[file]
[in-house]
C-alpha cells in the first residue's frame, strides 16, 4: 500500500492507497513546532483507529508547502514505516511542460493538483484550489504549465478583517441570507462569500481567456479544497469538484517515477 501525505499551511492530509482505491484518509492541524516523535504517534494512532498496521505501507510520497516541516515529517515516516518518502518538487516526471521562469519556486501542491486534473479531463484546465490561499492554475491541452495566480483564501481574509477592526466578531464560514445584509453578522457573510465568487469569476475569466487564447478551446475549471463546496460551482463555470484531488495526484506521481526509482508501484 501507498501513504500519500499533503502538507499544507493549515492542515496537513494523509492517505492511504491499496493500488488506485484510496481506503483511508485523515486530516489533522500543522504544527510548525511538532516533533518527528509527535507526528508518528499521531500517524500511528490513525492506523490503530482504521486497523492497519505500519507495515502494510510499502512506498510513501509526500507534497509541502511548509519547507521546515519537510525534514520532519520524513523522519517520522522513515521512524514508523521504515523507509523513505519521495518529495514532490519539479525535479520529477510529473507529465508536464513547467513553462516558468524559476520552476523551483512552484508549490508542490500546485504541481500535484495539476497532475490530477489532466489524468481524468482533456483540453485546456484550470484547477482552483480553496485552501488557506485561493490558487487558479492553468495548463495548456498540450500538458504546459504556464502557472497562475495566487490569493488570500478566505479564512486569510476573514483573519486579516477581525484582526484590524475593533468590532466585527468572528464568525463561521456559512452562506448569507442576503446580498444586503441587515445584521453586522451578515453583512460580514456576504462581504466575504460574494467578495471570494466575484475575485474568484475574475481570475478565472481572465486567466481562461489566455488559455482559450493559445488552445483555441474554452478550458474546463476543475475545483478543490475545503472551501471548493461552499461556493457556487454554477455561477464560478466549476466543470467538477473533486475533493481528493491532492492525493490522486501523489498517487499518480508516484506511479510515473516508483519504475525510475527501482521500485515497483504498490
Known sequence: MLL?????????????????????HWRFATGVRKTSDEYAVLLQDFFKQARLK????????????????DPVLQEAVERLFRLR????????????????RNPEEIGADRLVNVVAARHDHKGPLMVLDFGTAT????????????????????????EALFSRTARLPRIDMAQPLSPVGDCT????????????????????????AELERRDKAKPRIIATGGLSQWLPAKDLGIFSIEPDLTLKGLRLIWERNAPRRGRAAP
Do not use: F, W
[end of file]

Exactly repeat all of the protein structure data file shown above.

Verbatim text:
[in-house]
C-alpha cells in the first residue's frame, strides 16, 4: 500500500492507497513546532483507529508547502514505516511542460493538483484550489504549465478583517441570507462569500481567456479544497469538484517515477 501525505499551511492530509482505491484518509492541524516523535504517534494512532498496521505501507510520497516541516515529517515516516518518502518538487516526471521562469519556486501542491486534473479531463484546465490561499492554475491541452495566480483564501481574509477592526466578531464560514445584509453578522457573510465568487469569476475569466487564447478551446475549471463546496460551482463555470484531488495526484506521481526509482508501484 501507498501513504500519500499533503502538507499544507493549515492542515496537513494523509492517505492511504491499496493500488488506485484510496481506503483511508485523515486530516489533522500543522504544527510548525511538532516533533518527528509527535507526528508518528499521531500517524500511528490513525492506523490503530482504521486497523492497519505500519507495515502494510510499502512506498510513501509526500507534497509541502511548509519547507521546515519537510525534514520532519520524513523522519517520522522513515521512524514508523521504515523507509523513505519521495518529495514532490519539479525535479520529477510529473507529465508536464513547467513553462516558468524559476520552476523551483512552484508549490508542490500546485504541481500535484495539476497532475490530477489532466489524468481524468482533456483540453485546456484550470484547477482552483480553496485552501488557506485561493490558487487558479492553468495548463495548456498540450500538458504546459504556464502557472497562475495566487490569493488570500478566505479564512486569510476573514483573519486579516477581525484582526484590524475593533468590532466585527468572528464568525463561521456559512452562506448569507442576503446580498444586503441587515445584521453586522451578515453583512460580514456576504462581504466575504460574494467578495471570494466575484475575485474568484475574475481570475478565472481572465486567466481562461489566455488559455482559450493559445488552445483555441474554452478550458474546463476543475475545483478543490475545503472551501471548493461552499461556493457556487454554477455561477464560478466549476466543470467538477473533486475533493481528493491532492492525493490522486501523489498517487499518480508516484506511479510515473516508483519504475525510475527501482521500485515497483504498490
Known sequence: MLL?????????????????????HWRFATGVRKTSDEYAVLLQDFFKQARLK????????????????DPVLQEAVERLFRLR????????????????RNPEEIGADRLVNVVAARHDHKGPLMVLDFGTAT????????????????????????EALFSRTARLPRIDMAQPLSPVGDCT????????????????????????AELERRDKAKPRIIATGGLSQWLPAKDLGIFSIEPDLTLKGLRLIWERNAPRRGRAAP
Do not use: F, W